This is about John Cahill, my police officer son who lost his way and took his life in December 2008. This is about LeAnn Cahill, my daughter who struggled most of her adult life with mental illness, and took her life in August 2016. This is about a father who lost two of his children to suicide. This is about a father who has to fight against the feeling that he is a freak and a total failure. This is about a father who has tried and is still trying to figure out how to pray after his life turned upside down — twice.
It's not that I don't have meaningful, loving support — support from my wife, Donna, John and LeAnn's stepmother, whose love has kept me breathing through both these nightmares. I have been blessed with two wise and compassionate counselors who have kept me sane — Janet Childs, with the Centre for Living With Dying in San Jose, California, and Patrick Arbore, who leads a grief support group at the at the Institute on Aging in San Francisco.
I have been blessed with an equally wise and compassionate spiritual adviser in Jesuit Fr. Bernie Bush, an 80-year-young retreat master at the Jesuit Retreat Center in Los Altos, California.
I'm also blessed with a core group of close friends who let me talk about it if I want, and know the difference between sympathy (ugh!) and empathy (I'll take all I can get).
A few years after John died, I wrote about what happened to him, about cops and depression and suicide. I did it to honor my son and help other cops. I was even able to write about the grace that unexpectedly came out of this horrible pain. It didn't make the pain go away, but it made things livable.
A few months before LeAnn died, I was in a spiritually dark period. I went to see Bernie and told him I couldn't pray. He told me that sometimes when we pray there is no resulting lightness or comfort, or sense of grace or sense of God's presence. I looked at him and said, "Yeah, that's me most of the time."
He smiled and said, "You're not the only one. It happens to me on a regular basis. Sometimes, all we can do is say the words, and the words count. That is still praying with integrity."
After LeAnn took her life, I'm back with Bernie, back in the horror and nightmare time, only this time also feeling like a freak, feeling like I want to climb into a hole, feeling that I don't want to let the world know I lost a second child, and feeling so empty, so not able to pray, so sure there is no faith left in the tank.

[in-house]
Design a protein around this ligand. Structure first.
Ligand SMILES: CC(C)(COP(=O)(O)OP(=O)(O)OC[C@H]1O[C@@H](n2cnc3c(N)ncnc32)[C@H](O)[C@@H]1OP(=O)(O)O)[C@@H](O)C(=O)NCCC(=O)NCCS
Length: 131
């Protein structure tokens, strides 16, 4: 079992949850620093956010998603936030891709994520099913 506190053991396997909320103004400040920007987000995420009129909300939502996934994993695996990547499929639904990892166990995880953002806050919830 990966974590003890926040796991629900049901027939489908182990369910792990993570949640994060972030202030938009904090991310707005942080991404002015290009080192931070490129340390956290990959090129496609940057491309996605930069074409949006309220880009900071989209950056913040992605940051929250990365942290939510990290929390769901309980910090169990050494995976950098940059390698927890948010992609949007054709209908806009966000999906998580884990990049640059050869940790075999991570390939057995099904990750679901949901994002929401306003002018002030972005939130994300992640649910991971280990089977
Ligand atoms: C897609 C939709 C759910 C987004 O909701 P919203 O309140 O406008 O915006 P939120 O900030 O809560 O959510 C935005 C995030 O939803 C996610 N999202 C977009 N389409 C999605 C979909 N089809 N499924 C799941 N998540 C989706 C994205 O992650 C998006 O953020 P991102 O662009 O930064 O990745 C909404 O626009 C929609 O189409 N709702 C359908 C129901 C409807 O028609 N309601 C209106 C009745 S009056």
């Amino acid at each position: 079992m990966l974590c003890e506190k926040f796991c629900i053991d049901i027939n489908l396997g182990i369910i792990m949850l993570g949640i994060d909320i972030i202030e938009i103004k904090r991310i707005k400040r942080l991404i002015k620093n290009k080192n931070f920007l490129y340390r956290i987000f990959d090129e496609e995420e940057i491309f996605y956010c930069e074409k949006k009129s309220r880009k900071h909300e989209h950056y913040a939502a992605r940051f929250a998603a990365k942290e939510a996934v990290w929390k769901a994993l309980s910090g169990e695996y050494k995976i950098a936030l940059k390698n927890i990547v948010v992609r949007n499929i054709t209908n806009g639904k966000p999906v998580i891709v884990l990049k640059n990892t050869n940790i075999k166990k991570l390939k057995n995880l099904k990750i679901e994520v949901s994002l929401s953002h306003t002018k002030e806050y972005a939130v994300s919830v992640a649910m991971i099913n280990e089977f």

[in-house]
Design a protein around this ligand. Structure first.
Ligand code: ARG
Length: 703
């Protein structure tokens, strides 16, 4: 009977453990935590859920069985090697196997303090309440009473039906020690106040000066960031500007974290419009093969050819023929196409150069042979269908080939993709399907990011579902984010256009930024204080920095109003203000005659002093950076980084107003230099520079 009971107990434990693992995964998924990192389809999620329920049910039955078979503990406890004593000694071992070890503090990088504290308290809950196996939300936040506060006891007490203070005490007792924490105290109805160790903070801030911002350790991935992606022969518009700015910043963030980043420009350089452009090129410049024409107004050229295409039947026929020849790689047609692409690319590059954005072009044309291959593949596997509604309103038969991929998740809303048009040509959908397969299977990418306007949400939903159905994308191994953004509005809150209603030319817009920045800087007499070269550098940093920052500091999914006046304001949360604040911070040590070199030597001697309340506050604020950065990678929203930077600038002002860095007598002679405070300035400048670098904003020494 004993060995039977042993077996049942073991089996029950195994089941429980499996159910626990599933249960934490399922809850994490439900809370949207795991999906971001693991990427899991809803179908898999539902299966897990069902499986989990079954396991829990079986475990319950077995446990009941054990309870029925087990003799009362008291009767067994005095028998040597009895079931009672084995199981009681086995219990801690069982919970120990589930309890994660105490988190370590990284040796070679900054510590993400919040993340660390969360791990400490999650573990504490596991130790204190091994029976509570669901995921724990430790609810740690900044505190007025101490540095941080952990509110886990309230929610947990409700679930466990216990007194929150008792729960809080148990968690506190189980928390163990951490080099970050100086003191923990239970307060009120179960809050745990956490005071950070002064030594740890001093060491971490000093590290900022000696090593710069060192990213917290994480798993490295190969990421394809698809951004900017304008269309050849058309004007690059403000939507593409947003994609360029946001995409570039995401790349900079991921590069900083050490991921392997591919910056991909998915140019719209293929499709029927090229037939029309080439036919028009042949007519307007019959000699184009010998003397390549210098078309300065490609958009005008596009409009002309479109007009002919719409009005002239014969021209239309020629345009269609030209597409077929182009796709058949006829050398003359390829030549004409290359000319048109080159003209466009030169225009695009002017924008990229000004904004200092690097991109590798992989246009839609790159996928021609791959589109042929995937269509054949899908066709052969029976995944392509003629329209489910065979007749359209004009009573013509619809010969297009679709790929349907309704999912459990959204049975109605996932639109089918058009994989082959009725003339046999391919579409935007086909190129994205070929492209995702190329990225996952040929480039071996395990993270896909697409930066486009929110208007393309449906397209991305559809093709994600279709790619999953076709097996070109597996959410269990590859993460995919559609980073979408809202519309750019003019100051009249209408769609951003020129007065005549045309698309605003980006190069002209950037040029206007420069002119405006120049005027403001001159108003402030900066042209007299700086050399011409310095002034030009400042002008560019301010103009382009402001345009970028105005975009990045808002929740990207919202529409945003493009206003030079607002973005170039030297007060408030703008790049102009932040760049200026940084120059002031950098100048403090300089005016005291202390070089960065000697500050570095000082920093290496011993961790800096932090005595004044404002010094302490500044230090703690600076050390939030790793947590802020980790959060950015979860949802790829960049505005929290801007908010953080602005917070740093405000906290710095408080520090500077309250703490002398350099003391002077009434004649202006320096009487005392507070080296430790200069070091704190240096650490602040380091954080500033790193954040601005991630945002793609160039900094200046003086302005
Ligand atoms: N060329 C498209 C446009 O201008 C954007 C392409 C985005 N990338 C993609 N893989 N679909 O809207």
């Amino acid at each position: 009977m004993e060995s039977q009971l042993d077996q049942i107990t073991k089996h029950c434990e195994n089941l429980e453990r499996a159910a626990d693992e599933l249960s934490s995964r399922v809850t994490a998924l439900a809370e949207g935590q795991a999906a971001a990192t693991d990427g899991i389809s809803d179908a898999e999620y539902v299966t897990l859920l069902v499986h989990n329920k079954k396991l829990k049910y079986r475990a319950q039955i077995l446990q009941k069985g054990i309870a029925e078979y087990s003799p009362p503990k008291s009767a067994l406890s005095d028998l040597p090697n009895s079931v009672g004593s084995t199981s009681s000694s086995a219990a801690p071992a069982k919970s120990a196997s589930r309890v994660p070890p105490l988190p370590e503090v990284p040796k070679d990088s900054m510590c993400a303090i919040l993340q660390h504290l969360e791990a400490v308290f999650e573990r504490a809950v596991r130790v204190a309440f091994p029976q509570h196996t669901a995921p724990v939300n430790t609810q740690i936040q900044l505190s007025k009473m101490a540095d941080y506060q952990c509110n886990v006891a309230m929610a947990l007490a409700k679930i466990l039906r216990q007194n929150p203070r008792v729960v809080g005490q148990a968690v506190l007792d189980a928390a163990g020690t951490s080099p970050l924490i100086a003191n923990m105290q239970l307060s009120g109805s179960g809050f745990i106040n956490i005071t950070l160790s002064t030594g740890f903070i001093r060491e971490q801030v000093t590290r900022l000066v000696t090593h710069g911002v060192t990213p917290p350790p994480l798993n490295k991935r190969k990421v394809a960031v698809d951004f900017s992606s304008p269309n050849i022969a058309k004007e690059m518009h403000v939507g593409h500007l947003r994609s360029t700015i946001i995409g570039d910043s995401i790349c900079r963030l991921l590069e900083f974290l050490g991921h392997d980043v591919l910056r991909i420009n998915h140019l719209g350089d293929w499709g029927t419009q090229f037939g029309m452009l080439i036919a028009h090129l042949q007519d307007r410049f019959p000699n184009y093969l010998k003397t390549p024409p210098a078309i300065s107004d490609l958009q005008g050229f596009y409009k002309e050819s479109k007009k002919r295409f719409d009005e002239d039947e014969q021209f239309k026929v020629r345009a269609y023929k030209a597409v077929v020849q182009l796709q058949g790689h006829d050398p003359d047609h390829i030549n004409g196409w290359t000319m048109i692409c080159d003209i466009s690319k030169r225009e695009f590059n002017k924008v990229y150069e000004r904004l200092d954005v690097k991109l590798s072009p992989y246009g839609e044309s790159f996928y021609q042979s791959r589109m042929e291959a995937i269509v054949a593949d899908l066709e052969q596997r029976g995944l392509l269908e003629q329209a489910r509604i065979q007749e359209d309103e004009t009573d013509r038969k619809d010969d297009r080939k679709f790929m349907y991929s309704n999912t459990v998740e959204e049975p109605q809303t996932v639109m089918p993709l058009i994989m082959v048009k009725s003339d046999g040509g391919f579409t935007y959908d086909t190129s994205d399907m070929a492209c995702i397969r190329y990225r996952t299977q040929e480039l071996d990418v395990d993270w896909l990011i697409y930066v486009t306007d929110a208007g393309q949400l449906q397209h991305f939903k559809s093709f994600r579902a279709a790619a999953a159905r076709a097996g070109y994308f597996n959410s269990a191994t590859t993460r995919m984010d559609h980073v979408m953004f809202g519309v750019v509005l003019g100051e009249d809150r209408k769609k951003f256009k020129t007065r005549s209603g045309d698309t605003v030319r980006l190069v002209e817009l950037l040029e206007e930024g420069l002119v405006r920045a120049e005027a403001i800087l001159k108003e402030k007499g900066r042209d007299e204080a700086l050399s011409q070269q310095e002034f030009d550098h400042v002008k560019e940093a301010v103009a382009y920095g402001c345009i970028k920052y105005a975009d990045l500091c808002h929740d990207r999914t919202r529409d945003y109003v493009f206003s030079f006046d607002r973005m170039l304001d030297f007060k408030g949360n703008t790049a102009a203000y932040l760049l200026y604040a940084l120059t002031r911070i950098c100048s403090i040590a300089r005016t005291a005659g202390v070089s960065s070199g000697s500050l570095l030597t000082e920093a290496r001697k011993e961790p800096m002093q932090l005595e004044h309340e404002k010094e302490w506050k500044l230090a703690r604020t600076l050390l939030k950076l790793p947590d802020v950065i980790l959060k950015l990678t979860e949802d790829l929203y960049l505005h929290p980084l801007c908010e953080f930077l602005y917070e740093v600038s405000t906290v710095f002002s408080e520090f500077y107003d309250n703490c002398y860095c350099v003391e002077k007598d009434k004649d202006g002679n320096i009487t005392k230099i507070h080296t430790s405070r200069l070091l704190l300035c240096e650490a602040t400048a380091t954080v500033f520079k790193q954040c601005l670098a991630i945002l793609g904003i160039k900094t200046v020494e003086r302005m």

He sits there and lets me get it all out. Then he looks at me and says, "You are living whatever faith you have by the suicide prevention work you are doing with cops and by your prison ministry work. The issue isn't faith."
And then he nails me: "And enough with the guilt! Feeling like a freak is another way to bury yourself in guilt. We went over this when John died. You did the best you could. And I told you before — guilt is not just unwarranted but it is a last, futile effort to remain in control, and you should know by now you are not in control!"
He passes me the Kleenex and quietly reminds me what he said a few months ago: "And as for praying, just say the words. Sometimes that's all we have are words."
Just say the words. That's pretty much all I do these days. Donna and I pray morning and evening prayers together and I do my own brief prayers. One is a prayer I got from a friend who died recently: "I take the entire mess and all the good and place it in the wounded hands of the Risen One."
Ron Rolheiser, in his brief but powerful Bruised and Wounded: Struggling to Understand Suicide, writes about John of the Cross and the dark night of the soul, and Mother Teresa's 50-year spiritual dry spell, but I can't relate. First of all, those guys are saints and I'm not. Second, I'm the father of two children who committed suicide, and they're not.
But I hold on to Rolheiser's assurance: "God's love, unlike ours, can go through locked doors and touch what will not allow itself to be touched by us."
Rolheiser's words remind me that my son and my daughter, though gone from me in this life, are in God's loving presence in their new life. And therefore I'll keep praying, keep saying the words, especially on the days when I struggle to have even a tiny hint of God's presence and God's place in this fragile, chaotic world.
And in a time of heightened awareness of suicide because of the deaths of Kate Spade and Anthony Bourdain, I'll begin to write about LeAnn, not just because I need to climb out of my hole, but also because suicide has to be talked about, because the myths and false impressions about suicide have to be combated, because the stigma about suicide has to be eliminated, and because I need to honor my daughter as I have honored my son. And I will try to wait for and remember those times of feeling that sense of lightness and comfort — even after John died — that sense of God's grace.
In the meantime, I'll keep saying the words.
[Brian Cahill retired in late 2008 as the executive director of San Francisco Catholic Charities after 40 years in social services. Since 2011, he has been a volunteer suicide prevention trainer for the San Francisco and San Jose police departments. He is also a volunteer in prison ministry at San Quentin.]